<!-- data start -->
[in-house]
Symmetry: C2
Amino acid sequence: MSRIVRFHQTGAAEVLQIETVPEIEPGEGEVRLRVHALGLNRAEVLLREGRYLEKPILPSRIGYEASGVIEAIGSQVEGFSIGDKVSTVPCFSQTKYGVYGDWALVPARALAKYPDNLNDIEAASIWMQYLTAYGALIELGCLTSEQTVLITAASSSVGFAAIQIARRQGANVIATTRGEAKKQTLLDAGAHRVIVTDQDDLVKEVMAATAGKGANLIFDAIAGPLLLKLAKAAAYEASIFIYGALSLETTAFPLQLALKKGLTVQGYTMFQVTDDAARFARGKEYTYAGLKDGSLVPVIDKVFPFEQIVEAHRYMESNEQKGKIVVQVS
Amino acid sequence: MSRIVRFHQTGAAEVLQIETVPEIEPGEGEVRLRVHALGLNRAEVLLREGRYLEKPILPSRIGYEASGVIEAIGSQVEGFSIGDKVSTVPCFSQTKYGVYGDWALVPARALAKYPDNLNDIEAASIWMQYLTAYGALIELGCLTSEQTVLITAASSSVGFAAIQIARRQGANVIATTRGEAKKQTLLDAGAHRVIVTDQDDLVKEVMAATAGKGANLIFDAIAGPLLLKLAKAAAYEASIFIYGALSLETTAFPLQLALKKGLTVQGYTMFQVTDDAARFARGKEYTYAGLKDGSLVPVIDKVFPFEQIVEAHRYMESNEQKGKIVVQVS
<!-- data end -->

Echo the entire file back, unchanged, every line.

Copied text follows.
[in-house]
Symmetry: C2
Amino acid sequence: MSRIVRFHQTGAAEVLQIETVPEIEPGEGEVRLRVHALGLNRAEVLLREGRYLEKPILPSRIGYEASGVIEAIGSQVEGFSIGDKVSTVPCFSQTKYGVYGDWALVPARALAKYPDNLNDIEAASIWMQYLTAYGALIELGCLTSEQTVLITAASSSVGFAAIQIARRQGANVIATTRGEAKKQTLLDAGAHRVIVTDQDDLVKEVMAATAGKGANLIFDAIAGPLLLKLAKAAAYEASIFIYGALSLETTAFPLQLALKKGLTVQGYTMFQVTDDAARFARGKEYTYAGLKDGSLVPVIDKVFPFEQIVEAHRYMESNEQKGKIVVQVS
Amino acid sequence: MSRIVRFHQTGAAEVLQIETVPEIEPGEGEVRLRVHALGLNRAEVLLREGRYLEKPILPSRIGYEASGVIEAIGSQVEGFSIGDKVSTVPCFSQTKYGVYGDWALVPARALAKYPDNLNDIEAASIWMQYLTAYGALIELGCLTSEQTVLITAASSSVGFAAIQIARRQGANVIATTRGEAKKQTLLDAGAHRVIVTDQDDLVKEVMAATAGKGANLIFDAIAGPLLLKLAKAAAYEASIFIYGALSLETTAFPLQLALKKGLTVQGYTMFQVTDDAARFARGKEYTYAGLKDGSLVPVIDKVFPFEQIVEAHRYMESNEQKGKIVVQVS